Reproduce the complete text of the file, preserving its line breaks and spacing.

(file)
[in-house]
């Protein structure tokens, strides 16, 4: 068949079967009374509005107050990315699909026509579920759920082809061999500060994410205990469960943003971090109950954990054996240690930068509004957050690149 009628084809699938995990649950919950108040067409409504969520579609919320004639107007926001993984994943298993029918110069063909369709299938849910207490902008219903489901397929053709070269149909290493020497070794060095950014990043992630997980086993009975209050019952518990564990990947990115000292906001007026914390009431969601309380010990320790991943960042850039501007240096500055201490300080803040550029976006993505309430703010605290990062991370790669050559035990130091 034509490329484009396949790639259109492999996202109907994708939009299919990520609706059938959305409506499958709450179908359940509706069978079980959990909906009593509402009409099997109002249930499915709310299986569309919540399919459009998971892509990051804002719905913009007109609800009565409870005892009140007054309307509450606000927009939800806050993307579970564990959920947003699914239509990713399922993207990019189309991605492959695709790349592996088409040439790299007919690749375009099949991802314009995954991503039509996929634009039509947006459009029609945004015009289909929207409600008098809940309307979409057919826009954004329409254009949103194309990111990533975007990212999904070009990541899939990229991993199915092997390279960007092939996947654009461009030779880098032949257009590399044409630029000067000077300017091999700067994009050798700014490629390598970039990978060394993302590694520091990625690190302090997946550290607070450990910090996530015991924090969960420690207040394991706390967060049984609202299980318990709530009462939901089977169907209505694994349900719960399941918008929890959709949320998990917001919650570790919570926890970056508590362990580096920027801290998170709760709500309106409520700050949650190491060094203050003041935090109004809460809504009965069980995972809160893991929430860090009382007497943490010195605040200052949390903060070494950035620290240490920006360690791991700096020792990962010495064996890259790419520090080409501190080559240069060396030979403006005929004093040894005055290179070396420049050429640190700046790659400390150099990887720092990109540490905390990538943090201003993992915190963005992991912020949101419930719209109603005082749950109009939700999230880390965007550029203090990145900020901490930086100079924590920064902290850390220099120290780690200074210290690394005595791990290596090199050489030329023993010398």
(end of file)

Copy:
[in-house]
């Protein structure tokens, strides 16, 4: 068949079967009374509005107050990315699909026509579920759920082809061999500060994410205990469960943003971090109950954990054996240690930068509004957050690149 009628084809699938995990649950919950108040067409409504969520579609919320004639107007926001993984994943298993029918110069063909369709299938849910207490902008219903489901397929053709070269149909290493020497070794060095950014990043992630997980086993009975209050019952518990564990990947990115000292906001007026914390009431969601309380010990320790991943960042850039501007240096500055201490300080803040550029976006993505309430703010605290990062991370790669050559035990130091 034509490329484009396949790639259109492999996202109907994708939009299919990520609706059938959305409506499958709450179908359940509706069978079980959990909906009593509402009409099997109002249930499915709310299986569309919540399919459009998971892509990051804002719905913009007109609800009565409870005892009140007054309307509450606000927009939800806050993307579970564990959920947003699914239509990713399922993207990019189309991605492959695709790349592996088409040439790299007919690749375009099949991802314009995954991503039509996929634009039509947006459009029609945004015009289909929207409600008098809940309307979409057919826009954004329409254009949103194309990111990533975007990212999904070009990541899939990229991993199915092997390279960007092939996947654009461009030779880098032949257009590399044409630029000067000077300017091999700067994009050798700014490629390598970039990978060394993302590694520091990625690190302090997946550290607070450990910090996530015991924090969960420690207040394991706390967060049984609202299980318990709530009462939901089977169907209505694994349900719960399941918008929890959709949320998990917001919650570790919570926890970056508590362990580096920027801290998170709760709500309106409520700050949650190491060094203050003041935090109004809460809504009965069980995972809160893991929430860090009382007497943490010195605040200052949390903060070494950035620290240490920006360690791991700096020792990962010495064996890259790419520090080409501190080559240069060396030979403006005929004093040894005055290179070396420049050429640190700046790659400390150099990887720092990109540490905390990538943090201003993992915190963005992991912020949101419930719209109603005082749950109009939700999230880390965007550029203090990145900020901490930086100079924590920064902290850390220099120290780690200074210290690394005595791990290596090199050489030329023993010398």